Ask the owner how long the tires have been on the car - if they are three years old they are pretty much junk. My car went through a 4 year stretch where it just didn't get driven much due to engine rebuild, gearbox, etc. the tires were not even 1/4 worn but evertime I nailed the throttle the one wheel would just spin up just really easy ... put some fresh rubber on the car and it disappeared. It sounds like the car has old tires on it.
GV

PS - 3.0l with Koni's I have no problems.
 

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I'm 6'1" tall and happily drive both a GTV and a 75, and I even hold the wheel at 10 and 2 - but then I tend to drive with the seat back very upright, which helps with the reach problem. Even so, the gearshift on the GTV is about 6" forward of where it is on a 75, which took some getting used to.
 

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car was stock except for UK 3.0 liter swap,
There's the answer for your wheel spinning - it should really have a LSD from a Milano, versin depends on which ratio you are looking for.

Also a Momo Veloce or similar steering wheel works nice on the car - 9-3 position - much preferable IMO to the stock reconstituted sawdust affair and a spacer will fit with it too.

Also you can always add a start button on the center console where the cigarette lighter goes.
 

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re the driving position, a 60mm (or even better 100mm) wheel spacer and some judicious bending of the gear lever will get you pretty comfy. Putting in a lower mounted race seat is also good for really tall folk (I don't have THAT problem!) A 75/miliano is not really much better (a little more upright in the seating position which helps a bit)

re the diff, the LSD out of a 75 is the best fix, but good shocks, good tyres, good bushes and a stiffer front anti roll bar (std is 20mm, you want at least 24mm) will make it a great road car. It will still spin the inside rear when savagely provoked (or everywhere on a race track) but will be nice and stable to drive fast on the road.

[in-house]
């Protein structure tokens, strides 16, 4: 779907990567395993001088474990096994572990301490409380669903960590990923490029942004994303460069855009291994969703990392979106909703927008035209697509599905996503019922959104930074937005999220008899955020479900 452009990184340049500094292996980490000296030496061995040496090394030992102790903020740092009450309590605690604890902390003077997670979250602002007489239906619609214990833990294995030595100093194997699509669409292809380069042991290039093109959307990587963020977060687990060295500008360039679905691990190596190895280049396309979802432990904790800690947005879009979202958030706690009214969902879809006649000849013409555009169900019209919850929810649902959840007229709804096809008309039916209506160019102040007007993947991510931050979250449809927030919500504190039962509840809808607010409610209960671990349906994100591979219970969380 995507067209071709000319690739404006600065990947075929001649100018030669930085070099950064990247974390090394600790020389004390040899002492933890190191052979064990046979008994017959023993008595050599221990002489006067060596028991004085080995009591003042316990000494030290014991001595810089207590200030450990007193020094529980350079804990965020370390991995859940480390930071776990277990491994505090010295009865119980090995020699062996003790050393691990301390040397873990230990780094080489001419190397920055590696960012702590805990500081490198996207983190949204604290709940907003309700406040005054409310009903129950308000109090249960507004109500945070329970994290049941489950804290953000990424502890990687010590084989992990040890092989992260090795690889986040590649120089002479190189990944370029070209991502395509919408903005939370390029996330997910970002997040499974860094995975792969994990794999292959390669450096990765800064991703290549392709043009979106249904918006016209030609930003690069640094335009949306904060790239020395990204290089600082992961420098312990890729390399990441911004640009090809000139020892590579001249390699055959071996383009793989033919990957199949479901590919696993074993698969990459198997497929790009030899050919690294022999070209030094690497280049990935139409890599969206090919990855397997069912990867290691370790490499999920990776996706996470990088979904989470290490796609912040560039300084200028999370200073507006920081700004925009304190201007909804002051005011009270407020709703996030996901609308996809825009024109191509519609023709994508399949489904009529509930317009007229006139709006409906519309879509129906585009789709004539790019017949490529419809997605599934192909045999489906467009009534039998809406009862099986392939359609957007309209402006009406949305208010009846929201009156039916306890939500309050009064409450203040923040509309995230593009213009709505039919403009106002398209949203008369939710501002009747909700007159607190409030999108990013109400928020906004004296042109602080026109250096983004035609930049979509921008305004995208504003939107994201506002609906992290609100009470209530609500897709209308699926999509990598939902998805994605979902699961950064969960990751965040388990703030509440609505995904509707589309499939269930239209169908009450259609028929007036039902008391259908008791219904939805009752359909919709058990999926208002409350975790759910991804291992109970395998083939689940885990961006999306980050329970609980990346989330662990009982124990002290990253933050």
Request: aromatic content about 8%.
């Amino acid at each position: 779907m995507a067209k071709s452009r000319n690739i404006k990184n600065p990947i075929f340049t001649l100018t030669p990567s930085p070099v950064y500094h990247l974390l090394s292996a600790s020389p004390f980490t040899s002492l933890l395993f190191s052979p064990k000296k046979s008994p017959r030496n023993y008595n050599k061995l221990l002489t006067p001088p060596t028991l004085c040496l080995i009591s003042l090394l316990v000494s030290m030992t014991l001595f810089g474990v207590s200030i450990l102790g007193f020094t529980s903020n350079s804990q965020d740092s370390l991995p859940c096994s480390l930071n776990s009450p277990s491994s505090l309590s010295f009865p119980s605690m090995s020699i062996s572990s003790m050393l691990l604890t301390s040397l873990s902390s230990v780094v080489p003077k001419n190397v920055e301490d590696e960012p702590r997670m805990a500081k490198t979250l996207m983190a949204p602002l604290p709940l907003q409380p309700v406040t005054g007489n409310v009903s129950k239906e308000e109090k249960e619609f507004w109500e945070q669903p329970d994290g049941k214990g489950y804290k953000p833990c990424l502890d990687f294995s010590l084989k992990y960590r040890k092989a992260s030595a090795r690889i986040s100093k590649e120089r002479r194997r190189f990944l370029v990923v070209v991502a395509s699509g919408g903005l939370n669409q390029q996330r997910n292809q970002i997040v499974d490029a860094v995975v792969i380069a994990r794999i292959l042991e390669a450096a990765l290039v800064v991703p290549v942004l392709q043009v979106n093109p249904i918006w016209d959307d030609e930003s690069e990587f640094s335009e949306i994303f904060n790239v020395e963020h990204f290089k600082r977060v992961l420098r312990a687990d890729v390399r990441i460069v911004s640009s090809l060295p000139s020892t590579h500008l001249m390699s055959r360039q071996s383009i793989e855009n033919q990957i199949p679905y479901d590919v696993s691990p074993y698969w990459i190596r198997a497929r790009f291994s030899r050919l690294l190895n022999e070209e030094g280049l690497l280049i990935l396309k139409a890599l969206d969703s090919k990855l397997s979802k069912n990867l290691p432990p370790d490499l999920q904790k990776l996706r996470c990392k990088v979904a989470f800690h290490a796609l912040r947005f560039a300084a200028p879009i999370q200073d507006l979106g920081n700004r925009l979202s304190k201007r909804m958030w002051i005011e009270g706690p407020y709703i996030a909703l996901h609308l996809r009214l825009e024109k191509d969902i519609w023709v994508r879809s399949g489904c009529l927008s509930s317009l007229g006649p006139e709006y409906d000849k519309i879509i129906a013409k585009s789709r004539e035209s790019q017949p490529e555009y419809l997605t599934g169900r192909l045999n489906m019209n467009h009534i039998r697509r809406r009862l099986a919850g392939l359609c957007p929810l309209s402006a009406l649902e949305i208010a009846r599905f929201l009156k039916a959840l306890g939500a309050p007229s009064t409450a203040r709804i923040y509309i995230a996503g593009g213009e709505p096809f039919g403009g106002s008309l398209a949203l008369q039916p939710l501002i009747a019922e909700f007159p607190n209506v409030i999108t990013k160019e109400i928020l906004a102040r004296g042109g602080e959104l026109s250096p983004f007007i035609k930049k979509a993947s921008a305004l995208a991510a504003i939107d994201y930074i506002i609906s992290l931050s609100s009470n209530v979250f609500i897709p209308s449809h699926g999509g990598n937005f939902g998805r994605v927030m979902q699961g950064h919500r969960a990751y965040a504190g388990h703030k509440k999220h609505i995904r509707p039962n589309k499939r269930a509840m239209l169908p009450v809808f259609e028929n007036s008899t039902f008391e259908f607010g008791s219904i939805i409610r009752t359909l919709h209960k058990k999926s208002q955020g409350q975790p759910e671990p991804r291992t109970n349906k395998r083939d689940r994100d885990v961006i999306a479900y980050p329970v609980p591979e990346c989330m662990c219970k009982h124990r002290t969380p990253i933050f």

(note the pics in my avatar and signature show road spec suspension on the track - despite the roll it was fast and fun to drive. Its now lots stiffer, but only a little bit faster - GO FIGURE)
 

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Discussion Starter #17
(std is 20mm, you want at least 24mm) will make it a great road car. It will still spin the inside rear when savagely provoked (or everywhere on a race track) but will be nice and stable to drive fast on the road.

What are the options for stiffening the front roll center that DOES NOT include stiffening the sway-bar. i hate swaybars, and their love of killing off mechanical grip. I.e. where can you get stiffer torsion bars? and are any of them rated so i could try a few setups (such as 250lbs, 300lbs etc)
 

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You can't stiffen a roll center BTW. You could raise it, and make your exhisting spring rates effectively stiffer.

Sway bars are not a bad thing, but unfortunately, they don't seem to be enough for a big ol' heavy transaxle car.

RSracing has a nice coilover kit for a noice sum of change, faster.se has 30mm torsion bars for $450 US + shipping and w/e other fees, and performatek has 27mm torsion bars.

I maybe selling my 27mm torsion bars in the near future, let me know if you're interested.
 

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What are the options for stiffening the front roll center that DOES NOT include stiffening the sway-bar. i hate swaybars, and their love of killing off mechanical grip. I.e. where can you get stiffer torsion bars? and are any of them rated so i could try a few setups (such as 250lbs, 300lbs etc)
Springs first to set the stiffness of the overall chassis, AR-bars to get the roll down and fine-tune the balance.
AR-bars doesn't remove grip, comman misconception. Unless you drive on very uneven surfaces but maybe then you have too stiff AR-bars compared to the springs.